The Dirty Job of Writing Curriculum

WorkYour hands may not get dirty, but your brain will get a workout!  Here are a few tips for creating a stellar Course Outcome Summary in WIDS (aka above the line documentation or ATL documentation).

Competencies

Competencies communicate the skill students must demonstrate or product to produce.  Tips for creating competencies:

  • Address a single, measurable/observable skill
  • Be specific as to what’s expected on the job
  • Start with an action verb
  • State as a full sentence
  • Does not use and form of the words ”know” and “understand”

Learning Objectives

This component of course documentation address learning of processes, procedures, products.  Be sure learning objectives capture learning, not assessment/performance.

  • Theories
  • Concepts
  • Facts
  • Processes
  • Skills
  • Attitudes
  • Standards

Learning objectives address a part of the competency, not a bigger skill or end product.  This is where Bloom’s Taxonomy (the verb list) comes in handy. Learning objectives should directly relate to the learning ACTIVITIES (readings, homework, classroom activities, etc.) documented in the below the line materials.

Performance Criteria

This piece of the above the line documentation gives learners the specifications for evaluating their performance or the products they develop. Performance criteria provide the basis for judging if performance is acceptable.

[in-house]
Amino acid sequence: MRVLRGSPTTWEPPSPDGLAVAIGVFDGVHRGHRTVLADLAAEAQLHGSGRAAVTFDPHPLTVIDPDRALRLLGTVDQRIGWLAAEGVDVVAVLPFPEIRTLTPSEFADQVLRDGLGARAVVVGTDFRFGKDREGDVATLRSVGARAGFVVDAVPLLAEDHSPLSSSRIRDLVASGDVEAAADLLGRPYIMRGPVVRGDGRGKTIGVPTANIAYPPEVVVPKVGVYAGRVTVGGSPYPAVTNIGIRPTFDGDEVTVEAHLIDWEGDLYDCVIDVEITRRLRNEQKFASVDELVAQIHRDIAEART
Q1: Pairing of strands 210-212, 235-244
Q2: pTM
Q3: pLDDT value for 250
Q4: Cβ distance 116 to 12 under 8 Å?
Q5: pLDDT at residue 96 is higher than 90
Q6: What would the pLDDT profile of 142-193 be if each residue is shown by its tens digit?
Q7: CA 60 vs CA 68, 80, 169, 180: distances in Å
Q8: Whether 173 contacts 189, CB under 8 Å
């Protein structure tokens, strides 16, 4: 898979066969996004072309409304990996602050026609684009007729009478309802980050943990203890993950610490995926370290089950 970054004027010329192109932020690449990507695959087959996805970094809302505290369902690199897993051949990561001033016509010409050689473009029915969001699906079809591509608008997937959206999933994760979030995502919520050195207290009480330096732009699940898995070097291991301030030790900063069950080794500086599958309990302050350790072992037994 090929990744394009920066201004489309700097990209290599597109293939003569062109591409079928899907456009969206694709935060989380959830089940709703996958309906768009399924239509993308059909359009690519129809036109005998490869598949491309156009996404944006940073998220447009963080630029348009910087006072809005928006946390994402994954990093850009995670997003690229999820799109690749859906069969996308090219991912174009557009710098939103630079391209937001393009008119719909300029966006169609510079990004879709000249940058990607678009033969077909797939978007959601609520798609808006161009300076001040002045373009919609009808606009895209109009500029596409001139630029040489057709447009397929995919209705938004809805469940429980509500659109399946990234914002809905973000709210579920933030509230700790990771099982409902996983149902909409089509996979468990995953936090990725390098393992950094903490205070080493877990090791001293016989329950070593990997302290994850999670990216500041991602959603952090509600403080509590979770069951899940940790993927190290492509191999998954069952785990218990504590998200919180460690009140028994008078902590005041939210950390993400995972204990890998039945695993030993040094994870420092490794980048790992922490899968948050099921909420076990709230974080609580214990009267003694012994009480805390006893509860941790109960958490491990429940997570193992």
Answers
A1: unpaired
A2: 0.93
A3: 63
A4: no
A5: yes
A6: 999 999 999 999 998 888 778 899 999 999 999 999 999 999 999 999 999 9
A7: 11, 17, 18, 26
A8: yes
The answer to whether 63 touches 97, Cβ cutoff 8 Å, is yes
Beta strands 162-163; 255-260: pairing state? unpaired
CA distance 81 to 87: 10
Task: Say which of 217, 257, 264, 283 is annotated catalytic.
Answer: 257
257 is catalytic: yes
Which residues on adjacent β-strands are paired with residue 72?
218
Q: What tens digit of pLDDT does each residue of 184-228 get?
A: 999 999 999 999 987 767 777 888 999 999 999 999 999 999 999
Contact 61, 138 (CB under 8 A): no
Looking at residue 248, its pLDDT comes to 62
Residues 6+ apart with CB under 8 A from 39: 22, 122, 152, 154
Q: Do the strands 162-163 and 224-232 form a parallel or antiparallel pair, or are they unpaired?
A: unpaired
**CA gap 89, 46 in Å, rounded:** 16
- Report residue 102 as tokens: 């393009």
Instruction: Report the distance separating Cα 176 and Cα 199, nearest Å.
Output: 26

BE SPECIFIC!  BE DETAILED!

There is no limit to the number of criteria.  At minimum, you should have one performance criteria for each learning objective…minimum.  Performance Criteria are the foundation for objective assessment.  Criteria can address a process, behavior or product, capturing the following:

  • Characteristics of the product/performance, qualities or elements
  • Accuracy or tolerance
  • Speed
  • Percent or number
  • Permissible errors
  • Reference to industry standards
  • Requirements of skill/product
  • Degree of excellence – be specific to describe excellence

Employability Skills

NWTC follows 7 Employability Skills college wide.  These skills address behaviors necessary to be successful in any profession and the community.  Employability Skills are integrated into all courses and programs, potentially ranking with equal importance as the course competencies and program outcomes.

  • Communicate Effectively
  • Think Critically and Creatively
  • Solve Problems Effectively
  • Work Cooperatively and Professionally
  • Value Individual Differences and Abilities
  • Demonstrate Personal Accountability
  • Demonstrate
  • Community and Global Accountability

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